Daily Archives: December 4, 2010

The Luncheon Society/James Ellroy and The Hilliker Curse/NY-Prime House September 14, 2010/SF-Palio D’Asti, September 20, 2010/LA-Napa Valley Grille, September 29, 2010

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“On my 10th birthday,” James Ellroy began, “my mother Jean Hilliker hit me with a book I had read on spells and witchcraft. After that, I summoned her dead. Three months later she was murdered and it is a crime which remains unsolved to this very day. It’s a burden of guilt that I have carried for a half century. My mother, from the hereafter, mediates my relationships with women. Her death induced in me a tremendous curiosity for all things criminal. I had to go out and write.”

And write he did.

Dining with James Ellroy summons a conversation only found in novels written by James Ellroy.  An austere staccato drove the narrative through all three courses, his dialogue came forth in great bursts in each of the three cities, and like in MUCH of his writing over the years, the discussion took several surprising turns.

With that opening line seared into us, The Luncheon Society began its three city odyssey with alpha dog crime writer James Ellroy. Seated next to James throughout was Erika Schickel, the woman who is central to his life and perhaps the key that unlocks The Hilliker Curse, his memoir on how his mother’s grisly death drove the tenor of his relationship with women.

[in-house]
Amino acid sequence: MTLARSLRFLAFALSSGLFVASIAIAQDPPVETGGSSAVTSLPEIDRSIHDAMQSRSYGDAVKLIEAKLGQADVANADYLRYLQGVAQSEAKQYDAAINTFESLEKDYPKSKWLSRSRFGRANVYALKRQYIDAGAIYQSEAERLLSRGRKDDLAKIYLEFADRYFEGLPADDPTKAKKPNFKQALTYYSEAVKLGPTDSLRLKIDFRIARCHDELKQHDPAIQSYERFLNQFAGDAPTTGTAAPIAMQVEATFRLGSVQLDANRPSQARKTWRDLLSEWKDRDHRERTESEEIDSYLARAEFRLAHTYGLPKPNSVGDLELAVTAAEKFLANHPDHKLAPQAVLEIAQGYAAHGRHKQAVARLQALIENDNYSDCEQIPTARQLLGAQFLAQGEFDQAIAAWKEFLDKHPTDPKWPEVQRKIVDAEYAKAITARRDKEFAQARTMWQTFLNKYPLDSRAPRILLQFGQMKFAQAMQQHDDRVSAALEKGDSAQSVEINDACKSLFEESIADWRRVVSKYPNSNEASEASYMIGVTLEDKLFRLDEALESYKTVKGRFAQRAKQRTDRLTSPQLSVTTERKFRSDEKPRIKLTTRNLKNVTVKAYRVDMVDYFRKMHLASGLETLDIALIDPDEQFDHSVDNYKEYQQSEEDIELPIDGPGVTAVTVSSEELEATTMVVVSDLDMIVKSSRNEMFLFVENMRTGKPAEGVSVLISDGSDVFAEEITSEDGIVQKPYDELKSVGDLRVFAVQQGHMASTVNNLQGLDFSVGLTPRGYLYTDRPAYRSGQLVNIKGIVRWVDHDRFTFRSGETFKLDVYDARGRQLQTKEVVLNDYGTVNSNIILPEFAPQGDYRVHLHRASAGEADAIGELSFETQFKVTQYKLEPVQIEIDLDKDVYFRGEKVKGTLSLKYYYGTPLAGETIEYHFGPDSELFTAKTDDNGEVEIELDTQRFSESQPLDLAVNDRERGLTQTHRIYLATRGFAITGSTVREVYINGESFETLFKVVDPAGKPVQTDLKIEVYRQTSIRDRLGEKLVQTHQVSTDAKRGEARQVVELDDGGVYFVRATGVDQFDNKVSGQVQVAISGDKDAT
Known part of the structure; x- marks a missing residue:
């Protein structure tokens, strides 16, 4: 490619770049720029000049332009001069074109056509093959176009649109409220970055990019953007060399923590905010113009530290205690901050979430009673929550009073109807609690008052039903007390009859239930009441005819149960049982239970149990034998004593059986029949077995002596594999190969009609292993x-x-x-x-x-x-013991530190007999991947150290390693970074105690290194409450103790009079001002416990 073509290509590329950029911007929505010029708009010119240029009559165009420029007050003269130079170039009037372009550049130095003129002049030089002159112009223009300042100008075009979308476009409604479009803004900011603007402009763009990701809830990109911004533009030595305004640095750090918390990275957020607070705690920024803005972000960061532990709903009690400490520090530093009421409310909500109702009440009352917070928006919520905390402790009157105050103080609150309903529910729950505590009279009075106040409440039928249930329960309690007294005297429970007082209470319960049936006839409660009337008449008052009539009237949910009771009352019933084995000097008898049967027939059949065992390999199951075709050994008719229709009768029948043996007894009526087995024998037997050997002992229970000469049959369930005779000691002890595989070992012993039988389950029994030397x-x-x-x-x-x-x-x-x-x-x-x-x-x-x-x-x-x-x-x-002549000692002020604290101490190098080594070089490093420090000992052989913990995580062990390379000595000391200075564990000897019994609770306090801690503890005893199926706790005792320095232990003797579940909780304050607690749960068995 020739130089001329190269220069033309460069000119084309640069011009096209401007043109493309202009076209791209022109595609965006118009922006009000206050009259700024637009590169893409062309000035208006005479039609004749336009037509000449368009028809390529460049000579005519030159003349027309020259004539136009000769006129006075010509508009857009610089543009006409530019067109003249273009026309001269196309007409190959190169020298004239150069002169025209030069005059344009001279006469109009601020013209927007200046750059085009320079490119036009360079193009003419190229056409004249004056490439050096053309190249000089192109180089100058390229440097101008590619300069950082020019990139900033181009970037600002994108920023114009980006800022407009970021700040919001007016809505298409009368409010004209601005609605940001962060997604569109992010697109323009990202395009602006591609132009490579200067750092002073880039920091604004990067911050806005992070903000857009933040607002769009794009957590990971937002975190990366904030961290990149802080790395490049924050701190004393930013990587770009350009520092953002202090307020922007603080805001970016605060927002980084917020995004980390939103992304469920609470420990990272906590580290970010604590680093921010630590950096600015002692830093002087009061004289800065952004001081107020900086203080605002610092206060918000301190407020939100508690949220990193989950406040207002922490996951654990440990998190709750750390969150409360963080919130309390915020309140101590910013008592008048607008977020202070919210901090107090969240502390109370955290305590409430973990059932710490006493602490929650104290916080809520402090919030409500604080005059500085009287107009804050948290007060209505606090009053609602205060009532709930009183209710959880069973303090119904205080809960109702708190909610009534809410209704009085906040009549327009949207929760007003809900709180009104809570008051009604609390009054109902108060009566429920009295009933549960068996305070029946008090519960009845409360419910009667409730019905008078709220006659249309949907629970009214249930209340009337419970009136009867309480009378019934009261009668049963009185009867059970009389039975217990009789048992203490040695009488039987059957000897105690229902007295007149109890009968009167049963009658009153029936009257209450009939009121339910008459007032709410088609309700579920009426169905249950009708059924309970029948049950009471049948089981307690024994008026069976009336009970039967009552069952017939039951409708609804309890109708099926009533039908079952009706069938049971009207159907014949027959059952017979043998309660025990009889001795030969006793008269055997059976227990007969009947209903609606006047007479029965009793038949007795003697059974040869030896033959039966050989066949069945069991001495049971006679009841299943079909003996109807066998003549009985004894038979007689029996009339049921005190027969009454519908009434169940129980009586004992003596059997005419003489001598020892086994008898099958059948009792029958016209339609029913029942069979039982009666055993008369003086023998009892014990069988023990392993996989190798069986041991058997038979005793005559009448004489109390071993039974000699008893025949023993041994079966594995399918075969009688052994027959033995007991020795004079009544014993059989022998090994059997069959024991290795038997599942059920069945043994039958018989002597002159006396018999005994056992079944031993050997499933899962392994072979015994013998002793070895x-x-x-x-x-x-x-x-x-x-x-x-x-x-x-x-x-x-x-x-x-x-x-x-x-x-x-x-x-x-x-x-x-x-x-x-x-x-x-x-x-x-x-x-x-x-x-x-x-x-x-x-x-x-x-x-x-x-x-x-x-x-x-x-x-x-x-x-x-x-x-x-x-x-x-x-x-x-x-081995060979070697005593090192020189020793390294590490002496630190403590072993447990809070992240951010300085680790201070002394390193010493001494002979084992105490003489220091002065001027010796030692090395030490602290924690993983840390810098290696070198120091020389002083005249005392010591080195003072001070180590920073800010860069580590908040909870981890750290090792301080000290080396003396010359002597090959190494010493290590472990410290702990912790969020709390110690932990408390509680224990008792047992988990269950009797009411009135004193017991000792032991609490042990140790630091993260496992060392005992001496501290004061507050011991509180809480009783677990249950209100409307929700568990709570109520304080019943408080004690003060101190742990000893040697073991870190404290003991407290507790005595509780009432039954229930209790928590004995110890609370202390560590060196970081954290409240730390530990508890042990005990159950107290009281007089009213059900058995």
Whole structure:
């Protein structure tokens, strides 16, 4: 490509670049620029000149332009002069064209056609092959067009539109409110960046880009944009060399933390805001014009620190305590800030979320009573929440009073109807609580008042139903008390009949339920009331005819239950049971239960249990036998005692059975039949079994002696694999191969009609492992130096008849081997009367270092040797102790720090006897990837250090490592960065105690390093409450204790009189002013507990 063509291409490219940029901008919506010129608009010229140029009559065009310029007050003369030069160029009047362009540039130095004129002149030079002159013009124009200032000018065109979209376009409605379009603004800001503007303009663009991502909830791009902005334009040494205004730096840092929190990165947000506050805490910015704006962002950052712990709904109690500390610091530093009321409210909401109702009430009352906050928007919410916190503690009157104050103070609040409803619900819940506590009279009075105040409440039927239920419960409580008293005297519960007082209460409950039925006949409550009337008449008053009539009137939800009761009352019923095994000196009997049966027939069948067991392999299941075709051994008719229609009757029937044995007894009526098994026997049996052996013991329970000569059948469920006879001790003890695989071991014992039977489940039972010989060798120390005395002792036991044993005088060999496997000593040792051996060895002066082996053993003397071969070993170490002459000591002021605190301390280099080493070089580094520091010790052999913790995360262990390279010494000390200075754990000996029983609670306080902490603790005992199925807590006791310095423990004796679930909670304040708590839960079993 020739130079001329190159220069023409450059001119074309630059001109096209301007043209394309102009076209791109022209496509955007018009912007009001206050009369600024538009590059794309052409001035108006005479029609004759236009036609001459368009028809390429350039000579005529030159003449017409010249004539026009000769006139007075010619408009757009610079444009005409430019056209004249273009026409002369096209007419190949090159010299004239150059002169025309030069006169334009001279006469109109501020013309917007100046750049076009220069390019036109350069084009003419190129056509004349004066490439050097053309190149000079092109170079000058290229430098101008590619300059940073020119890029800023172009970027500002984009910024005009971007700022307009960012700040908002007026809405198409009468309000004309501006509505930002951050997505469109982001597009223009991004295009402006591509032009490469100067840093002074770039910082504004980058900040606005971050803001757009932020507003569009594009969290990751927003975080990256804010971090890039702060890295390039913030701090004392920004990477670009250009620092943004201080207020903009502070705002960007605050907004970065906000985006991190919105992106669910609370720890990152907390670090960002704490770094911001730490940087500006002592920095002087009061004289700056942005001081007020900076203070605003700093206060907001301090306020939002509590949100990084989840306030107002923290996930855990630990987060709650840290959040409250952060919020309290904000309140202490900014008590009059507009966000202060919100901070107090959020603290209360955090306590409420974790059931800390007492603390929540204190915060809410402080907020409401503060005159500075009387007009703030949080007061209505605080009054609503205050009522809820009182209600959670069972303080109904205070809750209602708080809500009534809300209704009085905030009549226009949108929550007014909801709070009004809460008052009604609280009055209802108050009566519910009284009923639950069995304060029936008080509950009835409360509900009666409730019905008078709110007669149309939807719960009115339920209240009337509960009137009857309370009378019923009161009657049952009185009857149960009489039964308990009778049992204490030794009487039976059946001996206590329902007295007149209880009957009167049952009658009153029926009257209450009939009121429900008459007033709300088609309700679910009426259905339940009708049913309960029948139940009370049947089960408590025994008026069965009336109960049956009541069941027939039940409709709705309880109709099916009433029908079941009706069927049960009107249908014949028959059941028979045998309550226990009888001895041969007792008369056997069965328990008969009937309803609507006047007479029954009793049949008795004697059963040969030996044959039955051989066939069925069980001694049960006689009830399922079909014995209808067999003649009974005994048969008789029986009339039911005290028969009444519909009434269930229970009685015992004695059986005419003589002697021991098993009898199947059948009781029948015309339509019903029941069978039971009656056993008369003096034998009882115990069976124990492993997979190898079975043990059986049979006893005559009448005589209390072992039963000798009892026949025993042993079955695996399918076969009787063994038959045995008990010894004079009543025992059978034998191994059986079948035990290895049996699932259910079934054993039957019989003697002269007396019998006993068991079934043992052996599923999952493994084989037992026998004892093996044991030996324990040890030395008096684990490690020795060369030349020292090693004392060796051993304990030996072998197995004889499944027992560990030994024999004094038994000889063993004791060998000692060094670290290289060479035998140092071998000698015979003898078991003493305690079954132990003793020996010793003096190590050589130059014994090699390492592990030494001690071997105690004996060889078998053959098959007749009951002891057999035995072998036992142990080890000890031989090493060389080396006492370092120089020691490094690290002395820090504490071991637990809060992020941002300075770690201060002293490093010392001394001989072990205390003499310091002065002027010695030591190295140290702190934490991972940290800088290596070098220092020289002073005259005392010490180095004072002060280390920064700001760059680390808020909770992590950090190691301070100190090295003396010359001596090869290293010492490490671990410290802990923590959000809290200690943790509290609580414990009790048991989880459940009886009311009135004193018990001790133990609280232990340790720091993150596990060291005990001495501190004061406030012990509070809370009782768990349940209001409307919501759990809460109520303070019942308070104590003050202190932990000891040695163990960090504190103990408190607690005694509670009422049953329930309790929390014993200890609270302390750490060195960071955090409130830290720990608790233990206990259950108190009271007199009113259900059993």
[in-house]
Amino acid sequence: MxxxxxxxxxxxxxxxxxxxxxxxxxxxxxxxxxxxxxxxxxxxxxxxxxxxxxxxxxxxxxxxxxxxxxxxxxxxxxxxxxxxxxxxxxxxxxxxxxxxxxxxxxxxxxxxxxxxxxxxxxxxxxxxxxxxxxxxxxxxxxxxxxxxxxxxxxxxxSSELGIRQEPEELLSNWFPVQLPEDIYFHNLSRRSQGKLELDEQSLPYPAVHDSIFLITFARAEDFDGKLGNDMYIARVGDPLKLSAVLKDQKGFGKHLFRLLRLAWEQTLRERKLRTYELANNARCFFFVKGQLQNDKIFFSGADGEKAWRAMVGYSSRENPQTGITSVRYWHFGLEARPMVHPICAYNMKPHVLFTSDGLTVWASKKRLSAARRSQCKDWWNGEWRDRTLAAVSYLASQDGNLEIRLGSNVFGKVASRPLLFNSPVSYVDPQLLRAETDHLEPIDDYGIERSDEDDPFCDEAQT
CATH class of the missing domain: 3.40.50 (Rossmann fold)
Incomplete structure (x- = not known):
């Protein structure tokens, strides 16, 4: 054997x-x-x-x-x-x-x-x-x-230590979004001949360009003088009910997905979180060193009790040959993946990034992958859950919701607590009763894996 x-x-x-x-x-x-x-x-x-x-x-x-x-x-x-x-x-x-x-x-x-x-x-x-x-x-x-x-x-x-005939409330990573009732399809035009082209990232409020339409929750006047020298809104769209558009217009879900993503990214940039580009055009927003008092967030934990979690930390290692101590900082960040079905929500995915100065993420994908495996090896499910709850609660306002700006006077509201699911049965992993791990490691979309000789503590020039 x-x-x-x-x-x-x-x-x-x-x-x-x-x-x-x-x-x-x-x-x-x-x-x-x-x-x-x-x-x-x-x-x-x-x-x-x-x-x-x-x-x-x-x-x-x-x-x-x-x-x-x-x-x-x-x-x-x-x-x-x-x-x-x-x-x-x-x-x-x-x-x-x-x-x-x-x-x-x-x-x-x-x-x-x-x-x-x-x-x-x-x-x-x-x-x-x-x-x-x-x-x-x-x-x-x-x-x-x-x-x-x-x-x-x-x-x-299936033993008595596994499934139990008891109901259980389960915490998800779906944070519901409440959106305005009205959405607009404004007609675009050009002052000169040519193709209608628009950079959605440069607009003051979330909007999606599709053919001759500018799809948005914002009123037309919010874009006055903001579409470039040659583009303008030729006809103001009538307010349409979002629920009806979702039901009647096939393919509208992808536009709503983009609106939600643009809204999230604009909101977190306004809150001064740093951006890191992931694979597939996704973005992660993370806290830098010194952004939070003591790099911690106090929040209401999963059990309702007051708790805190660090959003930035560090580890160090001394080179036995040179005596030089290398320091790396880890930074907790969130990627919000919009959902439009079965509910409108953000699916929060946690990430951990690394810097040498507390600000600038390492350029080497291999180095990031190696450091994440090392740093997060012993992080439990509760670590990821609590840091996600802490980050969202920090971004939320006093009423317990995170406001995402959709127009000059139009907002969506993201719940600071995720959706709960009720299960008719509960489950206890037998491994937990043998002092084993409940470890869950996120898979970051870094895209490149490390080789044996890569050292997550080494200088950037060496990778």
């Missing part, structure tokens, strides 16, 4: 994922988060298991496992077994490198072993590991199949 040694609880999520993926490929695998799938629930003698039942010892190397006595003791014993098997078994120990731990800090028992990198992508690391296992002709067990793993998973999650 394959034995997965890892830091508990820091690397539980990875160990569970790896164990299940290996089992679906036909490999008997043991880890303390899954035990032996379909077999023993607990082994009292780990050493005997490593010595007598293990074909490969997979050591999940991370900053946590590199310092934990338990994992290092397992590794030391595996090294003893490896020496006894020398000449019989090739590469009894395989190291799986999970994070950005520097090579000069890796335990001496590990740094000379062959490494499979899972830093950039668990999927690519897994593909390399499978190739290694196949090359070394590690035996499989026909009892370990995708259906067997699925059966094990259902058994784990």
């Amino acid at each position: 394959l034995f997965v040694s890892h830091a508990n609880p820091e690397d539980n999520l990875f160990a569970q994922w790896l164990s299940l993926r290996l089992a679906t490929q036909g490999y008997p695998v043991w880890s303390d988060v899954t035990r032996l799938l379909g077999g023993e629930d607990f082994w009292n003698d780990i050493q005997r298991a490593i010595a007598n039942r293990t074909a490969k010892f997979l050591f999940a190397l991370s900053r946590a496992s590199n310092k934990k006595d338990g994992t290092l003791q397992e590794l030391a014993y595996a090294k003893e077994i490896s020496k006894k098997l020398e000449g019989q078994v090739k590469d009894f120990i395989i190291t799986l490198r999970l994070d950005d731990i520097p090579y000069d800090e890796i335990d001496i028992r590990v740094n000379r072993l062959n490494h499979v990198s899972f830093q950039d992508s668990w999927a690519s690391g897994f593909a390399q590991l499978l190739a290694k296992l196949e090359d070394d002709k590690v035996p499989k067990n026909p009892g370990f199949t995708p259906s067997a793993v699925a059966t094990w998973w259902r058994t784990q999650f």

Erika is also a friend of The Luncheon Society who has joined in the past. She also helped organize a wonderful gathering with her father, Richard Schickel, who is one of the best film writers in the industry earlier this year.

No slouch to the printed or spoken word, Erika published a knock-out memoir several years back titled, You’re Not the Boss of Me: Adventures of a Modern Mom, a self portrait of post-hipster life on the suburban plain.  She also wrote a well-received play a decade earlier titled Wild Amerika, a “meditation on mating, monogamy, and motherhood – from a Darwinist point of view.” She is now hard at work on a follow up to her earlier book, tentatively titled “Adult Supervision.”

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